Google’s New Doodle Honors Ignaz Semmelweis, the Father of Infection Control

There are a lot of aspects about our modern day and age that we often end up taking for granted in a really big way, and a lot of the time this is because of the fact that we don’t realize what things were like before society changed for the better. The fact of the matter is that the latest Google doodle might just be a good example of how small changes can have big impacts on our society. The doodle is of Ignaz Semmelweis, a doctor who is widely considered to be a pioneer in infection control. It also contains instructions on how to wash your hands properly if you click on it, something that can be enormously useful in the wake of the current coronavirus pandemic that is taking over the world.

These days a doctor is going to scrub their hands quite thoroughly before taking part in any kind of surgical procedure, but this actually only started in the 19th century. Before that doctors and nurses didn’t feel the need to wash their hands. It was Semmelweis who noted that mothers often died from what appeared to be infections shortly after giving birth and this made him do some investigation which led to the possibility that doctors and nurses might be transferring bacteria and other kinds of germs from other patients they had treated. He was the first to suggest that washing hands before dealing with a new patient might just be a good idea.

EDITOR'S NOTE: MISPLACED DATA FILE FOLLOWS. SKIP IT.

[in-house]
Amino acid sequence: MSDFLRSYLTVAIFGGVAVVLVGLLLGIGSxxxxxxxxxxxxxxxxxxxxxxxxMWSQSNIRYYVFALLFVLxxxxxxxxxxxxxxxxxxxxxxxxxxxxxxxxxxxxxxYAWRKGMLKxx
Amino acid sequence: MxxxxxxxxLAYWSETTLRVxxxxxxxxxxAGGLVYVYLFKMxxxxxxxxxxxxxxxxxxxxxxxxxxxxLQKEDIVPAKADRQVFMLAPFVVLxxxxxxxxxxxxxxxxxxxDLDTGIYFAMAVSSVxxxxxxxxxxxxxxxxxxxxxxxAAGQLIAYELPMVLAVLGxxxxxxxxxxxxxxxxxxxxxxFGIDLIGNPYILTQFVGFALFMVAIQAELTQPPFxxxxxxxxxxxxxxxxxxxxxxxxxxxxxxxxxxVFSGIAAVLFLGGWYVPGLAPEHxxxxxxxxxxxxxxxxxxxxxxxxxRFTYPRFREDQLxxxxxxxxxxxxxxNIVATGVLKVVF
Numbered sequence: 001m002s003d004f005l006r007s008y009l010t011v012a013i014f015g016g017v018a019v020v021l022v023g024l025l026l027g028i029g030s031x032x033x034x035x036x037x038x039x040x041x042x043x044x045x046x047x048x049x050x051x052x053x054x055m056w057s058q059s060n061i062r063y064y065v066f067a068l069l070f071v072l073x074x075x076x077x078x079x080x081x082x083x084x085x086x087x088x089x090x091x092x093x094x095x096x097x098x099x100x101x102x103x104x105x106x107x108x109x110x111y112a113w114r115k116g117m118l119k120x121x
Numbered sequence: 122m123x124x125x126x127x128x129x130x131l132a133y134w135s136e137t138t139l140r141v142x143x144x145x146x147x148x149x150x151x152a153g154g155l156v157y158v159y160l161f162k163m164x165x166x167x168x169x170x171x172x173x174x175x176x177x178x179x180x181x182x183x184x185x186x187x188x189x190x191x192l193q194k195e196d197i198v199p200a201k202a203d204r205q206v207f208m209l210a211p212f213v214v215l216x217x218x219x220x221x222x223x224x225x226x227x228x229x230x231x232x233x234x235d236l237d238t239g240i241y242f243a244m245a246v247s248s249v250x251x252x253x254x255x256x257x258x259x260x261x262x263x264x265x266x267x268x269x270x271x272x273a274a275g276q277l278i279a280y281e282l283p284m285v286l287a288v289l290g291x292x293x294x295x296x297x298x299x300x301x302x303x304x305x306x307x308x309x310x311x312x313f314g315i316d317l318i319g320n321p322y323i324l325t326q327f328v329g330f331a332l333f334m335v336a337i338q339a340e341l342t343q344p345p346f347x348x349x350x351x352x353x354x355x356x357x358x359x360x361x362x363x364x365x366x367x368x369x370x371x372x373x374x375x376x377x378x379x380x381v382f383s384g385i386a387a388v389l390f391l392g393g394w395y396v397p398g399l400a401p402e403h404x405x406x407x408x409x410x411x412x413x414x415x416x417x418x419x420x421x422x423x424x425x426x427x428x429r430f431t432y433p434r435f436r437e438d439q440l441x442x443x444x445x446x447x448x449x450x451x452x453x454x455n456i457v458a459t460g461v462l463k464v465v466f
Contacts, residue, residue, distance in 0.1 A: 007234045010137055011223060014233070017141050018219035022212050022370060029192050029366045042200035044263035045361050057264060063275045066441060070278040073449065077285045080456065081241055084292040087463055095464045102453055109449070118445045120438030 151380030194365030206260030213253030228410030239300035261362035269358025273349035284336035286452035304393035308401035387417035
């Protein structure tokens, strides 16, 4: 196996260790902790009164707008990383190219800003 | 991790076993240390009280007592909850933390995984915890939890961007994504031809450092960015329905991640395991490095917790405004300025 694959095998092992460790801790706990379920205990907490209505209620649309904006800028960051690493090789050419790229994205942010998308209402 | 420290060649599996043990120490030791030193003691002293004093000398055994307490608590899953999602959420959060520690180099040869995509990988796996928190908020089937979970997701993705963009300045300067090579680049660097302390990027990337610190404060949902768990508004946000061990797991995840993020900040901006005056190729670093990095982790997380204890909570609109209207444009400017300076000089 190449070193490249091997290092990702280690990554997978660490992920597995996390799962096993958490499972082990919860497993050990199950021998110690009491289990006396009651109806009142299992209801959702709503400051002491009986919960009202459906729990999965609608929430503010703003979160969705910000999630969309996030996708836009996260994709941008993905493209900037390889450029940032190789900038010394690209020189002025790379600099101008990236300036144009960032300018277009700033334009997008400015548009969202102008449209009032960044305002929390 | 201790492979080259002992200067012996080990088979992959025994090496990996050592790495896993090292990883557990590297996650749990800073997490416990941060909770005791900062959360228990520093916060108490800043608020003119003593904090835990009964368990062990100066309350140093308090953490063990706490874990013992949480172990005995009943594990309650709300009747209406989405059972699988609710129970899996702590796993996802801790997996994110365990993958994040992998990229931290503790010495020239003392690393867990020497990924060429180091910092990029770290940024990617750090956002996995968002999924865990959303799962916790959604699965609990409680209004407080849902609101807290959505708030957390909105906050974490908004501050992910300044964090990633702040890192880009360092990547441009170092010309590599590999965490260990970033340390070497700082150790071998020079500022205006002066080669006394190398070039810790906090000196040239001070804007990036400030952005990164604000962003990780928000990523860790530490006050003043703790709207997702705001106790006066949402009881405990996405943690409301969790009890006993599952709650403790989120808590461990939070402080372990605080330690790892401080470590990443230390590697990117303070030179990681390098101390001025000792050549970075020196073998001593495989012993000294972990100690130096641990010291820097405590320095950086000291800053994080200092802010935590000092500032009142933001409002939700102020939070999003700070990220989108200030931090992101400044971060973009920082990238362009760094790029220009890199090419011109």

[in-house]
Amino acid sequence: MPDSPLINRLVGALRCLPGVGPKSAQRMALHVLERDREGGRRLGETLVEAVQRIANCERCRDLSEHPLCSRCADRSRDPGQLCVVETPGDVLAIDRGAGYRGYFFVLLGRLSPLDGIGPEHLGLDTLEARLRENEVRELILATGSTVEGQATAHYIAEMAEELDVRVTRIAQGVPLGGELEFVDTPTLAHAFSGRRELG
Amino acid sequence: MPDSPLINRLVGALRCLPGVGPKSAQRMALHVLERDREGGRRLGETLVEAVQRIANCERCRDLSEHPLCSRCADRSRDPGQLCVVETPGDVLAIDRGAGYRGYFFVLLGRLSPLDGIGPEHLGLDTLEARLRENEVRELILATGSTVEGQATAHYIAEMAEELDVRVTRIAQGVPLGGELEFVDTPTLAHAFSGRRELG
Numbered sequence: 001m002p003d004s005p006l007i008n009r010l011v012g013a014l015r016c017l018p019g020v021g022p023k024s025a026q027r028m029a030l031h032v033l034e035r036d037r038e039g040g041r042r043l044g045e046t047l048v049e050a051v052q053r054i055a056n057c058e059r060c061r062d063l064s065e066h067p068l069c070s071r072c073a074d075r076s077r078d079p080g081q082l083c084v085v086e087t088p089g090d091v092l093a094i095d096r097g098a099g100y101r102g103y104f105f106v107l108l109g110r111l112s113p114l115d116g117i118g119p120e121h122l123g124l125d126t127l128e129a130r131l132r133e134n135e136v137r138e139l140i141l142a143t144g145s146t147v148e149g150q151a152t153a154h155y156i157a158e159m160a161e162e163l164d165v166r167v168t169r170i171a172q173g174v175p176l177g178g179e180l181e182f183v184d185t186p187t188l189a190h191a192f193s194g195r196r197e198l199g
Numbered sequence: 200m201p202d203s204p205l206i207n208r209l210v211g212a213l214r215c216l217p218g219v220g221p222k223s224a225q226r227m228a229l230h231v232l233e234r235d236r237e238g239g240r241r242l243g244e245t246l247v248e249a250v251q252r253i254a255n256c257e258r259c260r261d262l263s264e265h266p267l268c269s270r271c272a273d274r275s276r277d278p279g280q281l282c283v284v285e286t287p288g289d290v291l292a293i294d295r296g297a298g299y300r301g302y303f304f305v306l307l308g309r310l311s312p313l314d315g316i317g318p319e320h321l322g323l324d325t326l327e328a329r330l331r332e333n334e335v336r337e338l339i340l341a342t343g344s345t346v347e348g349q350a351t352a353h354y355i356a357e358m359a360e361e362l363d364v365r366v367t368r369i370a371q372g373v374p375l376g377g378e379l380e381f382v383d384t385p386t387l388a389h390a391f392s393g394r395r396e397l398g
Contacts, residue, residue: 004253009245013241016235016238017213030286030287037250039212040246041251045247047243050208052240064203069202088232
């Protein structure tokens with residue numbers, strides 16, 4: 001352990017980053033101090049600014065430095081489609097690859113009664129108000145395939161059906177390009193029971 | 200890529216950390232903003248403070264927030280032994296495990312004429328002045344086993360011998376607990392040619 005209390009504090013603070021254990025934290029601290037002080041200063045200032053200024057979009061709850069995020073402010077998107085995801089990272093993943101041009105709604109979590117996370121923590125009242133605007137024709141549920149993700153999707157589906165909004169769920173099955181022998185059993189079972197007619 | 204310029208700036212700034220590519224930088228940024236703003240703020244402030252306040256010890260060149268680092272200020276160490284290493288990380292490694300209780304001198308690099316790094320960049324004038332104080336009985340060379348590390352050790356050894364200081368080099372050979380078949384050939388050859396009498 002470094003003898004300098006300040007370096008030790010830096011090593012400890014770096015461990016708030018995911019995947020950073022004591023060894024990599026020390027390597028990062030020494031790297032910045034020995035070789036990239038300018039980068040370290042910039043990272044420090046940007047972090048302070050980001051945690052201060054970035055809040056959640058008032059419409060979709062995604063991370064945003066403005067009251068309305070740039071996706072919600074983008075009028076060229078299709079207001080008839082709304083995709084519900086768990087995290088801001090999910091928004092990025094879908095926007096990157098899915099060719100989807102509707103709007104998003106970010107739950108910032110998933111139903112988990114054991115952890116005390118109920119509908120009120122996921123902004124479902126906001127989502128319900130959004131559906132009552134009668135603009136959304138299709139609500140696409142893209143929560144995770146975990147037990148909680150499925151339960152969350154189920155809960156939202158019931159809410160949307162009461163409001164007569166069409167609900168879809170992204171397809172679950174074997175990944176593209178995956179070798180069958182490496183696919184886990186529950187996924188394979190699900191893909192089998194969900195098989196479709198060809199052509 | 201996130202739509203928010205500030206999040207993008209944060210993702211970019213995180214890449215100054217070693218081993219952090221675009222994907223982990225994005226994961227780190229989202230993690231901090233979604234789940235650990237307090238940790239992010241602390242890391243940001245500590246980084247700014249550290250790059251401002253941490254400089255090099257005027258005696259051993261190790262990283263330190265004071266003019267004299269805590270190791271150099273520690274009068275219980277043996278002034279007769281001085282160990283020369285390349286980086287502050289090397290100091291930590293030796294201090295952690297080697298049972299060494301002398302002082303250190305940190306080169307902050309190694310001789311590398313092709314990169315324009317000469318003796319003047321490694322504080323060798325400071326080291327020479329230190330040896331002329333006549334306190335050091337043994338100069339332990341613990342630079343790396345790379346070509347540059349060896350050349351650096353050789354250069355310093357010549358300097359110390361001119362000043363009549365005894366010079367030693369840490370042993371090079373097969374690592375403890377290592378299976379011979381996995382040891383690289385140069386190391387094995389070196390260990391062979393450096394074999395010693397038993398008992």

Semmelweis was made Chief Resident at Vienna General Hospital where he made it mandatory for all staff to wash hands before dealing with a patient, and even though it took decades before this practice became commonplace with a lot of doctors being resistant to the change, eventually it became the standard as people saw just how much it decreased the overall chance of infections occurring. This was one of the biggest advances in medicine in a long time, and in the current coronavirus pandemic his contribution becomes even more prominent than ever before.



Read next: Apple Says Using Disinfectant Wipes on Your Device is OK Amid Coronavirus Concerns

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